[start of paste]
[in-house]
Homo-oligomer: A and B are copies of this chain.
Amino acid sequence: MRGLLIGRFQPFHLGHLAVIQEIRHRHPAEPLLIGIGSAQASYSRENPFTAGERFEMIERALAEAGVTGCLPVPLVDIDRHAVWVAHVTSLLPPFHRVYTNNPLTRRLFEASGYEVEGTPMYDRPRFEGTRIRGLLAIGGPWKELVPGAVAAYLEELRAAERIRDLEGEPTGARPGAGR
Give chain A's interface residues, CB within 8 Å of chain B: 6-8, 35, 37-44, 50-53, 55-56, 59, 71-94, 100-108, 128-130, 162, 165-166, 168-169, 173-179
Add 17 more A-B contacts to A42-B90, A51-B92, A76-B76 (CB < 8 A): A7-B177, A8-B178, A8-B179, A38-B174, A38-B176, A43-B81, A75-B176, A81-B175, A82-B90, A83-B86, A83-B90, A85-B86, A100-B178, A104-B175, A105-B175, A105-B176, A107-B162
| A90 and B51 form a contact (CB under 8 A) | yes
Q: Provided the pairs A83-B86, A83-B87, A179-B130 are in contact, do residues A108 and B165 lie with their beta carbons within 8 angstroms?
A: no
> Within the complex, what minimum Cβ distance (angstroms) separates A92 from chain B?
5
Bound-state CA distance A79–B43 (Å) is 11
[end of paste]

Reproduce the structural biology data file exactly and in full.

[in-house]
Homo-oligomer: A and B are copies of this chain.
Amino acid sequence: MRGLLIGRFQPFHLGHLAVIQEIRHRHPAEPLLIGIGSAQASYSRENPFTAGERFEMIERALAEAGVTGCLPVPLVDIDRHAVWVAHVTSLLPPFHRVYTNNPLTRRLFEASGYEVEGTPMYDRPRFEGTRIRGLLAIGGPWKELVPGAVAAYLEELRAAERIRDLEGEPTGARPGAGR
Give chain A's interface residues, CB within 8 Å of chain B: 6-8, 35, 37-44, 50-53, 55-56, 59, 71-94, 100-108, 128-130, 162, 165-166, 168-169, 173-179
Add 17 more A-B contacts to A42-B90, A51-B92, A76-B76 (CB < 8 A): A7-B177, A8-B178, A8-B179, A38-B174, A38-B176, A43-B81, A75-B176, A81-B175, A82-B90, A83-B86, A83-B90, A85-B86, A100-B178, A104-B175, A105-B175, A105-B176, A107-B162
| A90 and B51 form a contact (CB under 8 A) | yes
Q: Provided the pairs A83-B86, A83-B87, A179-B130 are in contact, do residues A108 and B165 lie with their beta carbons within 8 angstroms?
A: no
> Within the complex, what minimum Cβ distance (angstroms) separates A92 from chain B?
5
Bound-state CA distance A79–B43 (Å) is 11